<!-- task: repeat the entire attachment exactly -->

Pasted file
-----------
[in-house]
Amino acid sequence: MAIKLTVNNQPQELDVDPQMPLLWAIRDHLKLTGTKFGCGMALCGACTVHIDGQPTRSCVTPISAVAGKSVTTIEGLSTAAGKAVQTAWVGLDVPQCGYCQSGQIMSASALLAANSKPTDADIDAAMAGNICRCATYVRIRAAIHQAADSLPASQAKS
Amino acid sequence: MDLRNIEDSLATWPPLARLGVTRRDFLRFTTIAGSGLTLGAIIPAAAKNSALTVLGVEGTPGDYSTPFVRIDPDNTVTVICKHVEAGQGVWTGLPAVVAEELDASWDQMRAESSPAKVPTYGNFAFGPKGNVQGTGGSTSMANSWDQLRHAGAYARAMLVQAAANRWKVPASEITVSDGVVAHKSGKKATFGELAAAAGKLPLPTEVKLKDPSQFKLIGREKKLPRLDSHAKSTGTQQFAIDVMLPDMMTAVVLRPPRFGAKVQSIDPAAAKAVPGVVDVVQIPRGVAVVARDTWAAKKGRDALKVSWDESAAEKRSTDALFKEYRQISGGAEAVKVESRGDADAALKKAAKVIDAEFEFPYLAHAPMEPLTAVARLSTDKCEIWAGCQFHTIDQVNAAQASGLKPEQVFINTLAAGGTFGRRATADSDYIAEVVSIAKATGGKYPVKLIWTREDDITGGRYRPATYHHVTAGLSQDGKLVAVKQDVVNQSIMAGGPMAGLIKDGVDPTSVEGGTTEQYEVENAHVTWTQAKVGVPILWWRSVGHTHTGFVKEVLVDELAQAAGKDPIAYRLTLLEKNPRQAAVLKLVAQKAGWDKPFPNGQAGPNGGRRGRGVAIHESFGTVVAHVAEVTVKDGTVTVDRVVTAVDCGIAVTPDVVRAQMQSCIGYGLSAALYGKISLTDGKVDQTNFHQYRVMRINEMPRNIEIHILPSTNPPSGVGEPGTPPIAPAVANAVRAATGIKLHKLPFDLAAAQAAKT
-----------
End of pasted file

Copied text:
[in-house]
Amino acid sequence: MAIKLTVNNQPQELDVDPQMPLLWAIRDHLKLTGTKFGCGMALCGACTVHIDGQPTRSCVTPISAVAGKSVTTIEGLSTAAGKAVQTAWVGLDVPQCGYCQSGQIMSASALLAANSKPTDADIDAAMAGNICRCATYVRIRAAIHQAADSLPASQAKS
Amino acid sequence: MDLRNIEDSLATWPPLARLGVTRRDFLRFTTIAGSGLTLGAIIPAAAKNSALTVLGVEGTPGDYSTPFVRIDPDNTVTVICKHVEAGQGVWTGLPAVVAEELDASWDQMRAESSPAKVPTYGNFAFGPKGNVQGTGGSTSMANSWDQLRHAGAYARAMLVQAAANRWKVPASEITVSDGVVAHKSGKKATFGELAAAAGKLPLPTEVKLKDPSQFKLIGREKKLPRLDSHAKSTGTQQFAIDVMLPDMMTAVVLRPPRFGAKVQSIDPAAAKAVPGVVDVVQIPRGVAVVARDTWAAKKGRDALKVSWDESAAEKRSTDALFKEYRQISGGAEAVKVESRGDADAALKKAAKVIDAEFEFPYLAHAPMEPLTAVARLSTDKCEIWAGCQFHTIDQVNAAQASGLKPEQVFINTLAAGGTFGRRATADSDYIAEVVSIAKATGGKYPVKLIWTREDDITGGRYRPATYHHVTAGLSQDGKLVAVKQDVVNQSIMAGGPMAGLIKDGVDPTSVEGGTTEQYEVENAHVTWTQAKVGVPILWWRSVGHTHTGFVKEVLVDELAQAAGKDPIAYRLTLLEKNPRQAAVLKLVAQKAGWDKPFPNGQAGPNGGRRGRGVAIHESFGTVVAHVAEVTVKDGTVTVDRVVTAVDCGIAVTPDVVRAQMQSCIGYGLSAALYGKISLTDGKVDQTNFHQYRVMRINEMPRNIEIHILPSTNPPSGVGEPGTPPIAPAVANAVRAATGIKLHKLPFDLAAAQAAKT